I was looking at the one sketch from the last page where he was walking to the left and toting a Chaos Emerald, and it was probably the one sketch on the page that made me think about the Sonic from the video games of my childhood.
The illustrations of this particular Sonic that I remember mostly came from the printed advertisements and the backs of cereal boxes, as well as the colorful, detailed desktop wallpapers that used to get passed around on the Geocities pages and BeSeen chats of yester-yester-decade; those wallpapers which, I have come to understand, originated from a Sonic screensaver pack, but which actually came into existence long before that as cover artwork for company-exclusive magazines, which were in turn originally pencilled by Naoto Ohshima.
So, I’m striving for Ohshima-ness here. His Sonic was my favorite Sonic.
Whats your opinion on Sonic CD and it's artstyle(particularly the FMV bits)
Sonic CD has my fave art direction of any Sonic title. For quite a few reasons.
Firstly, it’s Kazuyuki
Hoshino’s use of colour for specific time frames. Compare every stage’s
palette’s during their past timeframes and notice how he emphasizes
nature and primitiveness through the use of colors that evoke natural
roughness such as green and browns;
expertly gets across the impression that these locations are primeval
and the use of natural scenery such as caverns and greater prevalence of
plantlife emphasizes how they’re comparitively “wild” than the more
technologically inclined present and future timeframes wherein greater technological development has taken place.
locations exhibit typically Sonic-esque art design and palettes. So not
much comment there except it’s superbly executed in-line with the other
Classic games’ feel.
Secondly, the message Hoshino and by extension the rest of Sonic Team wanted to get across; It’s ecological message.
future timeframes are where the art design gets especially interesting
in my opinion since it carries across the idea of how technology can be
used for the benefit (Good future) or expense of (Bad future) nature.
Take for example Palmtree Panic GF and Tidal Tempest GF;
In Palmtree Panic, Piping
(The technology) is being utilized to supply the plant life (The
nature) with clean water so that it thrives. Technology is being used
for the benefit of the environment in a wise manner.
In Tidal Tempest, Glass
containers/diffusers (The technology) are being used to house
presumably partially-aquatic plant life (The nature) so that the oxygen
they emit oxygenates the water and provides an ideal environment for the
tropical fish (Nature again) whilst preventing the plants from becoming
waterlogged and dying as a result.
It’s a subtle and yet powerful
statement on how technology is not the sworn arch enemy of the environment as propagandarist tripe such as Captain Planet and Animals of Farthing Wood would have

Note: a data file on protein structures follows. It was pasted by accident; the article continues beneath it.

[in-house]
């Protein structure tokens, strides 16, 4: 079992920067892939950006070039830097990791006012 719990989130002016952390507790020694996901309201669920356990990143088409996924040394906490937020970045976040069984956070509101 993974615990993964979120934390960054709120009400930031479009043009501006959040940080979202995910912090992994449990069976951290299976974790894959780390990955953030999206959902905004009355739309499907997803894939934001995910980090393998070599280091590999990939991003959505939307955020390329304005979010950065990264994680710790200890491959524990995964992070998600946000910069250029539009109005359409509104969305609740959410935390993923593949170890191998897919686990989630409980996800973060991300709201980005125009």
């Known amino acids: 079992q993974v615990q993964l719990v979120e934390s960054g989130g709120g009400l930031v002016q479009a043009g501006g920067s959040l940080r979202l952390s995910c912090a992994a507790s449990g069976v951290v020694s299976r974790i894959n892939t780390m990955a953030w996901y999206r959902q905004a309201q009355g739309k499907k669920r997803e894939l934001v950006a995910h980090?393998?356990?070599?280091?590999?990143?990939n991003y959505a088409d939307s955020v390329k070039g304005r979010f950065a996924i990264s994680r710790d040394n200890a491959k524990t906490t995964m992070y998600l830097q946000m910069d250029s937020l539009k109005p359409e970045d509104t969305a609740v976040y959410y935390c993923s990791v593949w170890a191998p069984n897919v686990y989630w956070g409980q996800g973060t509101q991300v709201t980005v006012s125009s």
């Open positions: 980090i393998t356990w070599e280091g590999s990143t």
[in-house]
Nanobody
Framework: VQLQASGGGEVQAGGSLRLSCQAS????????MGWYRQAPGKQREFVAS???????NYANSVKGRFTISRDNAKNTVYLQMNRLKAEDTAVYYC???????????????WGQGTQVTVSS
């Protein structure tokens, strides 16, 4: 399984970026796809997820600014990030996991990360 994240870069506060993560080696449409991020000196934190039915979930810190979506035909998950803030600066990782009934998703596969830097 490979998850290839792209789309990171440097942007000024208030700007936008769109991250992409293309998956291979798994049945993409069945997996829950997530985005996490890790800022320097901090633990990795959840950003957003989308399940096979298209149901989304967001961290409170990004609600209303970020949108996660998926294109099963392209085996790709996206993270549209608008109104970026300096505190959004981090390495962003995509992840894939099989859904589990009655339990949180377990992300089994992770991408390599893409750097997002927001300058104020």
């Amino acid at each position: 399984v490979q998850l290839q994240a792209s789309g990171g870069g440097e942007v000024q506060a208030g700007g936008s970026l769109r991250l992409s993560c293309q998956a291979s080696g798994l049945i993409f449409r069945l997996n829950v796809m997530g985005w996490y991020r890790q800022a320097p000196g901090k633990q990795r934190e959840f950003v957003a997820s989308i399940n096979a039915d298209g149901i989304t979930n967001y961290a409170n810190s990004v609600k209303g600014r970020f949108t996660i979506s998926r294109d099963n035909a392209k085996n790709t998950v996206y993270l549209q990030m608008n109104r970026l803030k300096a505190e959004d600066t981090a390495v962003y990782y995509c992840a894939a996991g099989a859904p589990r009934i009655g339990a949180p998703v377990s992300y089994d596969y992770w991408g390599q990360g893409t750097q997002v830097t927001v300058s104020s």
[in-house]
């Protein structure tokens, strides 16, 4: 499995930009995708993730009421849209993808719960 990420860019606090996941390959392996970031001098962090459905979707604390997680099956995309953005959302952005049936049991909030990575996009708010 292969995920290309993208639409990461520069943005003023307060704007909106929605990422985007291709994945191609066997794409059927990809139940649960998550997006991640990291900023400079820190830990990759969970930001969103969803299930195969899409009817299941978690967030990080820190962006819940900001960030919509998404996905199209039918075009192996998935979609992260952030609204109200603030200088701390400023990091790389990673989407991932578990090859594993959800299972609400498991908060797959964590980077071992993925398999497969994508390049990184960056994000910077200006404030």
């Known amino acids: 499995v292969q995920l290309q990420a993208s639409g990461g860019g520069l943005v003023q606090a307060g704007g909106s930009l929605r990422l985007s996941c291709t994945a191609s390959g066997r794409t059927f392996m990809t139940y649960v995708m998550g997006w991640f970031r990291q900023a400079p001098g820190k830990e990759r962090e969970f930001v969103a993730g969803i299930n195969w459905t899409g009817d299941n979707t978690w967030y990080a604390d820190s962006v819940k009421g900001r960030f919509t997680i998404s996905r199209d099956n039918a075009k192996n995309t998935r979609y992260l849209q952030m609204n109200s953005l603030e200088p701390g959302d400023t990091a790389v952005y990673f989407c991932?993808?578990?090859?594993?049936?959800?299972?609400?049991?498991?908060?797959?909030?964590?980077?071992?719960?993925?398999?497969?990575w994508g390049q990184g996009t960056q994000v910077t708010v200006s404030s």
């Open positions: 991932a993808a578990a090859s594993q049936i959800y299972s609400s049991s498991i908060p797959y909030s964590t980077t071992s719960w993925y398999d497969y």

you believe, it’s how it is utilized that can benefit or harm the environment.
In addition, Good Futures have vivid and eye-pleasing palettes.
Technology beng unwisely used without regard to the environment is horribly empthasized in the Bad Futures.
like Dr Eggman has long sinced gutted Quartz Quadrant of it’s mineral
resources in order to power his empire and in doing so went overboard to
the point that the mine quite possibly has gone as deep as the Little
Planet’s core (This is shown to likely be the case in the DA Garden’s
Bad Future iteration of the Planet - Quartz Quadrant is depicted as a
circular and literal technological hellhole that bores directly into the planet)
horrible, evil metropolis is what becomes of Stardust Speedway.
Pollution from factories causes a perpetual lightning storm in the
choked sky and the musical instruments that composed the level design have been
eroded away likely due to the effects of acid rain.
Not only do
the bad futures display Dr Eggman’ utter lack of respect for the natural
world, they also display what a terrible place the Earth would become
if he was allowed to become it’s supeme ruler, adding to the credibility
and importance of Sonic and co’s frequent opposition against him.
Also, in complete contrast to the Good Futures, the Bad Futures have drab, industrial colors that are not pleasing to the eyes and whch look very ugly.
what I also love about Sonic CD’s art direction is that Quartz Quadrant
and Wacky Workbench exempted, it’s zones are basically more
fantasy-like, more detailed equivalents of Sonic 1′s zones.
Regarding detail, Sonic CD is jam-packed with it by comparison. I mean compare Stardust Speedway Present to Starlight Zone;
Such intricate detail in the background and platforms. Looks much more eycatching than it’s Sonic 1 euivalent Starlight Zone.
CD’s art by comparison looks like it’s on steroids in terms of detail
compared to the still graphically impressive for its time Sonic 1. I
even feel that CD…despite taking place on Little Planet and not Sonic’s
homeworld…exhibits a more ideal at standard for the series in general
since it’s whimsy and vibrancy suits the character designs more and the aesthetic of the Classic series.
And that’s why CD has my favorite art direction of any Sonic title.